'Stake Land' Star Connor Paolo Presents 'Crackhead' Vampires In This Exclusive Clip

"Stake Land" arrives in New York City today, and make no mistake — though this is a vampire movie, it's about as far away from "Twilight" as you can possibly get.

Think more along the lines of "The Walking Dead," the AMC survival horror series filled to the brim with grotesque flesh-eating monsters and hopeless humans seeking shelter from the storm. Set in a world where a vampire outbreak has completely derailed civilization and devoured much of mankind in the process, the blood-suckers of "Stake Land" are straight-up nightmare fuel. And if you don't believe me, just watch the exclusive clip below for all the evidence you could possibly need.

But deadly as they are, these vampires aren't indestructible.

"These vampires are hungry, but very hurtable," insists "Stake Land" star Connor Paolo, who plays normal teen turned ruthless slayer Martin. "They're strong, but only in a crackhead way. There's nothing malevolent about them – they're instinctual."

Paolo makes it a point to stress that these vampires hinge much more on scientific realism than supernatural or mythological elements, insofar as a vampire can be realistic. A large part of that portrayal owes thanks to Nick Damici, who co-wrote the film's screenplay and also stars as the mysterious Mister.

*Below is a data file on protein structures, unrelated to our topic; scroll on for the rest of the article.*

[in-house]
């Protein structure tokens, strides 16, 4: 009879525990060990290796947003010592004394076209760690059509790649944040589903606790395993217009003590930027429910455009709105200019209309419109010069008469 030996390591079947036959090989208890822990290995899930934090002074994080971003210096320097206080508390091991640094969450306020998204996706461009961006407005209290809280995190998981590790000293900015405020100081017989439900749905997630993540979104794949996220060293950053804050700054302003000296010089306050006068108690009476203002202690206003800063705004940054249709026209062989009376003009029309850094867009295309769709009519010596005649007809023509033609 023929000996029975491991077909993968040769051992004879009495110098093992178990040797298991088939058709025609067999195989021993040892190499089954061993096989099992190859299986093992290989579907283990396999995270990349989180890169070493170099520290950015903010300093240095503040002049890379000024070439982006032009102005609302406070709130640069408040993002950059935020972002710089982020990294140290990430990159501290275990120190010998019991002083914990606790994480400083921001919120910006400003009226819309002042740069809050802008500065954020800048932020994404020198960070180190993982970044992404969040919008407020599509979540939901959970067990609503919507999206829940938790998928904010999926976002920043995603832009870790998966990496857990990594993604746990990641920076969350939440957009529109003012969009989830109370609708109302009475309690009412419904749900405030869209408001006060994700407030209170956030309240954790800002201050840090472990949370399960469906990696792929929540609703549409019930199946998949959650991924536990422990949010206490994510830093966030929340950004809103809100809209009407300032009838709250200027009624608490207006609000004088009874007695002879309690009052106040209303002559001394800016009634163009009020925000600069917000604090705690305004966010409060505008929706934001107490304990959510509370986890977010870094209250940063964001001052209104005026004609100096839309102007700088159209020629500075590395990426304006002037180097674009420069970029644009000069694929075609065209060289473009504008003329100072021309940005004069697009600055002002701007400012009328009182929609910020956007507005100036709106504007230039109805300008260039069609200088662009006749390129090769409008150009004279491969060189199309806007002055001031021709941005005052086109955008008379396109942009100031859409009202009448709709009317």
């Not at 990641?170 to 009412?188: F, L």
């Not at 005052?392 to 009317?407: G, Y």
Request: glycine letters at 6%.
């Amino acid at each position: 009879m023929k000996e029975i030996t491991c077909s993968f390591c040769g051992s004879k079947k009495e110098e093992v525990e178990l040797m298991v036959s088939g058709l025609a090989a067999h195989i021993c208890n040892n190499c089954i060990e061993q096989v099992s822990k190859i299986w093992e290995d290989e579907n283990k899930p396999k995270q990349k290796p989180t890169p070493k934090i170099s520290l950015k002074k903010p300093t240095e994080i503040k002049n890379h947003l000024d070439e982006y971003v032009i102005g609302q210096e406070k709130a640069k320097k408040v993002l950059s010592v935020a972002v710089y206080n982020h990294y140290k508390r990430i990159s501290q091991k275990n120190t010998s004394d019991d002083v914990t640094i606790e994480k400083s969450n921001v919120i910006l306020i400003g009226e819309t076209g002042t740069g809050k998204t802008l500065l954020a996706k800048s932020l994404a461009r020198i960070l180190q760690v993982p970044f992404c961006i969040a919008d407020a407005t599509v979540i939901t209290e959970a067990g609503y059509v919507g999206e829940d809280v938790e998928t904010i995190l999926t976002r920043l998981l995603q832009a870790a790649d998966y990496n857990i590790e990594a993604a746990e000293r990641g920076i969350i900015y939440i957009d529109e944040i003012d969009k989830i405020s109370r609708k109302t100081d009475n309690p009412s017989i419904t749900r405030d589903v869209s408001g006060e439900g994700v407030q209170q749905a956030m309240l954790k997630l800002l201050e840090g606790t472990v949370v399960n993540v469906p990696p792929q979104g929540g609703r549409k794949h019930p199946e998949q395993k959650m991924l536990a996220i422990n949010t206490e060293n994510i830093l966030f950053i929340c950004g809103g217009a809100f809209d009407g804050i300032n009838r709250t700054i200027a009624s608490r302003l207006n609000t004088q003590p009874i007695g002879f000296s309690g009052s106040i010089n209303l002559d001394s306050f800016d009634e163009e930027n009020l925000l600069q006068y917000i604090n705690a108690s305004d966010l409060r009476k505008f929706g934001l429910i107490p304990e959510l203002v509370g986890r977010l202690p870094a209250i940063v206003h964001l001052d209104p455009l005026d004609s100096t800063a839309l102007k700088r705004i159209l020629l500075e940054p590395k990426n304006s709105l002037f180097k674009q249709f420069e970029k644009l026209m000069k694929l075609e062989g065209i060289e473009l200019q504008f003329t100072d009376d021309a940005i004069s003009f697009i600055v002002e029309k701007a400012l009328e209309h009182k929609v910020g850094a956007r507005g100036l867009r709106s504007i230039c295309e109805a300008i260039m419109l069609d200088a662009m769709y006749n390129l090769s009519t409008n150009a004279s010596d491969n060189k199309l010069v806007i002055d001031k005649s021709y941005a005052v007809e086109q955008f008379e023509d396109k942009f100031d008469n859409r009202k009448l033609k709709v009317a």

"Nick actually wrote an entire manual that he had off set about the different kinds of vampires that he was thinking about, different classes, how age effects them, time spent being a vampire," says Paolo. "So we were forced to find a way to realistically deal with these things. Usually they're kind of attractive — this is cool, I can dig this — but honestly, this was the first vampire script I've read that didn't make me want to be a vampire."

Despite the gruesome creatures littered throughout the movie, Paolo says that "Stake Land" isn't really about the vampires.

"It really isn't about making vampires badass again — I've always thought that the vampires are peripheral to the plot. I think they just happen to be there," he explains. "It's about the characters. I think it would very much be the same movie if you put any other type of negative force in there, but I think it becomes pretty clear pretty quickly that the vampires aren't the antagonist — they're just kind of the catalyst."

For Paolo, it's that very focus on characters like Martin and Mister, two very unlikely but virtually inseparable allies, that makes "Stake Land" so special.

"This is really something I haven't seen before," he says. "This film has a pace to it that's reminiscent to movies like 'Fistful of Dollars' or something like that. It has this crawling, really moseying pace to it at points, punctuated by these scenes of violence. But in between, it's a long, drawn out, thematic experience. It's rare that you find scripts with the confidence to be slow."

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